Denis Peirce: Collins Lake pumping out the largemouth | SierraSun.com
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Denis Peirce: Collins Lake pumping out the largemouth

Denis Peirce
Fishing columnist

A good recipe for bragging-size largemouth bass is to mix into your lake frequent helpings of planter trout.

An 8- to 12-inch planted trout is continuously looking for another pellet meal. They do not arrive from the hatchery with the concept of being the meal. They are exposed to this reality by the largemouth bass population in Collins Lake ” located between Grass Valley and Marysville.

A 5-pound bass can consume one of these “truck trout” whole. Bass larger than this will be looking for seconds as soon as they have finished swallowing the first one.

Grass Valley anglers Ed Everhart and Matt Nadeu fished Collins Lake last Saturday as the weather front was moving in. Early in the day, under bluebird skies, the fishing was tough. They fished the shoreline from the bank down to 40 feet without a bite. They constantly changed baits with no success.

At mid-afternoon the cloud cover moved in along with a breeze that put a chop on the surface. At that time Ed tied on an 8-inch “Huddleston Swim Bait.” Swim baits are soft rubber lures that look exactly like a rainbow trout. With their paddle tail they swim with an undulating motion like a trout.

In the first 15 minutes with the swimbait Ed hooked up and landed two largemouth in the 5-pound class. That was on the east side of the main lake. When Ed and Matt moved back to the west shore, Ed encountered the largest fish of the day.

This bass followed the bait all the way to the side of the boat before attacking. This fish looked to be in the 10-pound class, but it did not get solidly hooked and escaped. A fourth bass hit at a distance from the boat; that one also did not stay hooked.

The common denominator to all of the action was the structure. All of the big bass were on points in water 5- to 10-feet deep. The other detail is that the points broke off into deep water. The swim bait was fished close to the surface and the bass came at them from below. Ed fished all of the shoreline. On flats and gently sloping terrain there was no sign of bass feeding. It was only on sharply sloping points that he found bass.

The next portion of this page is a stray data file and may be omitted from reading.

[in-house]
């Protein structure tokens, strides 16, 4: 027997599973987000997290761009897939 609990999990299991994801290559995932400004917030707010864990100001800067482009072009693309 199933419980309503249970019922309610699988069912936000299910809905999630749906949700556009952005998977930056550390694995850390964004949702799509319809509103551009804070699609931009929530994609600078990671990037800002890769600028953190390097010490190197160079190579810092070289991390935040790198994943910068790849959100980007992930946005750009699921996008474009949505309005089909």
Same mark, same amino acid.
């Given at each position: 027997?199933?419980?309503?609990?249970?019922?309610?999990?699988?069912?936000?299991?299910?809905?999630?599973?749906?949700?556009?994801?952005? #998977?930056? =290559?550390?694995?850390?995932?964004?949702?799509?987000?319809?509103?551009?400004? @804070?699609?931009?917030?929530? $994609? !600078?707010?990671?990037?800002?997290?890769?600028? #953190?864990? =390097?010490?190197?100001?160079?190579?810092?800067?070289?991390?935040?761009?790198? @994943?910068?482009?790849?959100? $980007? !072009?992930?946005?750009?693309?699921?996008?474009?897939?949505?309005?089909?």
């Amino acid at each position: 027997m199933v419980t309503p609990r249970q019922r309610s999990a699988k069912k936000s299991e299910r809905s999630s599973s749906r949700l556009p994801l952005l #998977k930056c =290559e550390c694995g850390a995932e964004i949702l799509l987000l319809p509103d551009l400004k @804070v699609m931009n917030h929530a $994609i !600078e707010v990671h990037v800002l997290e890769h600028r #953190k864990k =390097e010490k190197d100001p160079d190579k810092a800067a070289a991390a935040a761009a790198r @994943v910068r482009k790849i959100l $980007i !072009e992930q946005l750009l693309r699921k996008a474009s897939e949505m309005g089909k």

Water temps were 44 degrees on the main lake and 43 back the inlet arm. At the inlet the water was dirty brown, while on the main lake the water was green-stained with 2 to 3 feet of visibility. Ed noted that there were a number of trollers fishing for trout with some fish being landed. Look for Collins Lake to really take off as the water gets close to 50 degrees.

I received an interesting e-mail from a friend of many years, Dave Mann. He mentioned seeing quite a few salmon on the Lower Yuba. Dave has been fishing this river for at least two decades and had not seen salmon in February before.

I made some phone calls and there are also good numbers of salmon on the Feather River below Shanghai Rapids. Bob Boucke at Johnson’s reports anglers casting lures for stripers were hooking up salmon in the big hole below the rapids.

Over on the Sacramento there are salmon in that river also. The Sacramento has a winter salmon run but the fish on the Feather and Yuba rivers is a new phenomenon to all the people I spoke with on the subject. Salmon angling is closed on all these rivers.

The sturgeon fishing has been quite good on the Sacramento between Knight’s Landing and Colusa. The rise in the river levels puts the sturgeon on the bite. The increased flows also bring up more fish from the delta.

When the Sacramento River rises with major rain events the water flows over the top of the Tisdale Weir and pours into the Sutter Bypass. It then flows south down the Sutter Bypass and returns to the Sacramento at Verona. Fish migrating upriver often will ascend the bypass rather than the main river channel.

Last week, when the water receded there were large numbers of salmon, stripers and sturgeon caught below the weir. The river has now come back up and the fish have moved on. When they were stuck below the weir, the pool provided a glimpse of what goes on in the depths of the Sacramento River.

” Denis Peirce writes a weekly fishing column for The Union, the Sun’s sister paper in Grass Valley. He may be reached at dpeirce@theunion.com.


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